When COVID-19 first struck, physicians were plummeted into a dangerous, unpredictable new world. For Carolyn Stern, a deaf family practitioner who works in urgent-care clinics run by the University of Rochester Medical Center, there was an added challenge: retooling communication with her patients.
Pre-pandemic, Stern, 57, could gain valuable medical information about her patients by reading their lips and carefully observing their facial expressions and body language.
“Fortunately, I speak well and am fluent in American Sign Language,” she wrote in an October 2021 article published in the medical journal, Annals of Internal Medicine. “These factors let me navigate between Deaf and hearing communities.”
Masks changed all that. “I could see only eyebrows and crinkles in the corners of eyes that might hint at happiness or anger,” she writes in the article titled, “Doctoring with a Double Disability.” Adds Stern: “Before, I could take a look at someone’s face and it would tell me enough to prompt me to ask more probing questions—a sneeze, a laugh—I can’t catch all of that anymore.”
Sometimes, Stern’s patients would offer to lower their masks so she could lip read, but that “simple act would have put us all at risk,” notes the physician. These communications challenges left the Brighton resident, who has been an urgent-care physician since 2006, feeling “frustrated, challenged, despondent, and increasingly stressed.”
To treat in-office patients, conduct telehealth appointments, assist colleagues, or attend meetings, Stern now uses full-time American Sign Language interpreters trained in medical terminology. By using masks with clear plastic over the mouth, she has some ability to read lips.
Technology presented another steep learning curve. Before COVID, Stern attended professional conferences in person. Now, she must do so via Zoom using a split screen—speakers and interpreters displayed on one side; PowerPoint slides on the other.
“It is as though I am watching a virtual tennis match, my eyes going back and forth to see both, while the presenter talks without pause,” she writes. “Should I ignore the slides and focus on the interpreter? Should I review the slides and tell the interpreter to cease for a moment? Should I message the speaker, asking them to pause so I can review the slides? Should I just grin and bear it?”
A clinical and research expert in disability health, Philip Zazove M.D., chair of the Department of Family Medicine at Michigan Medicine in Ann Arbor, understands Stern’s challenges. He has access to captioning during Zoom meetings.
“If there are multiple screens, though, it’s not doable,” adds Zazove, a family practitioner, who is also deaf. “And the breakout rooms do not have captions.”
Like Stern, Zazove uses full-time interpreters and surgical masks with a transparent film around the mouth. He says the masks allow him to see faces and lips, but adds that the film gives off some glare, and the masks often shift around, partially obscuring the lips.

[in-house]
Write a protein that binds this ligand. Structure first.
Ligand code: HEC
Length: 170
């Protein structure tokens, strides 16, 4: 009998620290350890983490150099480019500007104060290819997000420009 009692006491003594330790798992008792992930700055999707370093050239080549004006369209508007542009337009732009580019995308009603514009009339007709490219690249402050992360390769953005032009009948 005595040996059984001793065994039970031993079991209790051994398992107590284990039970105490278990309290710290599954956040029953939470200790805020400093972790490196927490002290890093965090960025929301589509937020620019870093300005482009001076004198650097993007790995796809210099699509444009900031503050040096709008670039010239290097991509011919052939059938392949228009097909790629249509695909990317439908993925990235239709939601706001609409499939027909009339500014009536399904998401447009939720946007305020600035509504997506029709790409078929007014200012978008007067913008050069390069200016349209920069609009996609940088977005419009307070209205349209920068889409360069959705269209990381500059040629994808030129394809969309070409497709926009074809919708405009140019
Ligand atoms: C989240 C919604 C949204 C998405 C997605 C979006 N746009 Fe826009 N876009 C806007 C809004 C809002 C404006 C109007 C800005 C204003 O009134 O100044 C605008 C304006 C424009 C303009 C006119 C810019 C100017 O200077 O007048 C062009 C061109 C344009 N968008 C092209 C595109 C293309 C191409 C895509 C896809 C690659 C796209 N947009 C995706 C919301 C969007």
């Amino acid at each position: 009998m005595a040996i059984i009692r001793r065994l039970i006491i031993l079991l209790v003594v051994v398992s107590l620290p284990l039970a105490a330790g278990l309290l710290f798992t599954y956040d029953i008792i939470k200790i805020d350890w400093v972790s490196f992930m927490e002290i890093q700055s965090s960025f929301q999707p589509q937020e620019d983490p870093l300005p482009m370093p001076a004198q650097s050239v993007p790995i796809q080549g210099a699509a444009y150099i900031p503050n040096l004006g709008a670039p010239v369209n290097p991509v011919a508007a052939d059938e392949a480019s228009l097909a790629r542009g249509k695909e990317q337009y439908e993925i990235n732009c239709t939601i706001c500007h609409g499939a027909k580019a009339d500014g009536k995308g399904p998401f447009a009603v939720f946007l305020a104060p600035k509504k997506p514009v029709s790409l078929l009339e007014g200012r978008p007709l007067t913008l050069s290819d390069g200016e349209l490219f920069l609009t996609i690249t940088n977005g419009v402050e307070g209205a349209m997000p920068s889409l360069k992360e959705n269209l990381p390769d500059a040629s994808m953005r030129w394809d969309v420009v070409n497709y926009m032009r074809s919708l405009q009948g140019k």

“I think (COVID) has affected every physician who has a hearing loss, Zazove says.
For Stern, there is an upside of having full-time interpreters: She feels more connected to her co-workers. Through the interpreter, she knows when someone is ordering lunch, when it’s a co-worker’s birthday.
“It makes me feel more part of the group,” she says. When Stern was communicating one-on-one with patients, she felt left out of office happenings.
Stern was born with severe hearing loss. Her mother contracted German measles (rubella) 13 weeks into her pregnancy, resulting in the infant to be profoundly deaf in the right ear and with severe to profound hearing loss in her left ear.
“I was able to function fairly well with hearing aids (in my left ear),” says Stern.
Further hearing loss occurred when Stern, during her medical residency, contracted Ménière’s disease, a disorder of the inner ear that causes vertigo, ringing in the ears (tinnitus), hearing loss, and a feeling of congestion in the ear. Overnight, she lost the remainder of her hearing in her left ear.
Stern, who is married with three adult children, has spent her life fighting for the rights of deaf health care professionals. During medical school, she sued Northwestern University after learning the school would no longer pay for her interpreters. The case was settled out of court—and also resulted in the creation of an office for students with disabilities at the medical school.
Stern has mentored many deaf/hard of hearing health care providers. She also has taught courses to American Sign Language interpreters on how to best interpret in medical settings and served as a consultant for the National Board of Medical Examiners, to evaluate the needs of medical students with disabilities in regard to testing and other accommodations.
Out of necessity, she has adjusted to practicing medicine in the time of COVID. But Stern, who works some 12-hour shifts, says she feels exhausted.
“You get tired of asking people to repeat themselves. It’s an effort to understand what’s being said before I can do the doctor thing. My eyes and brain get tired. I need to be more vigilant than hearing doctors.”
Ultimately, she turns to her interpreters.
“I don’t know what’s important or not until the interpreter tells me what’s important,” Stern says. “That’s what I struggle with every day.”
Donna Jackel is a Rochester-area freelance writer. All Rochester Beacon coronavirus articles are collected here.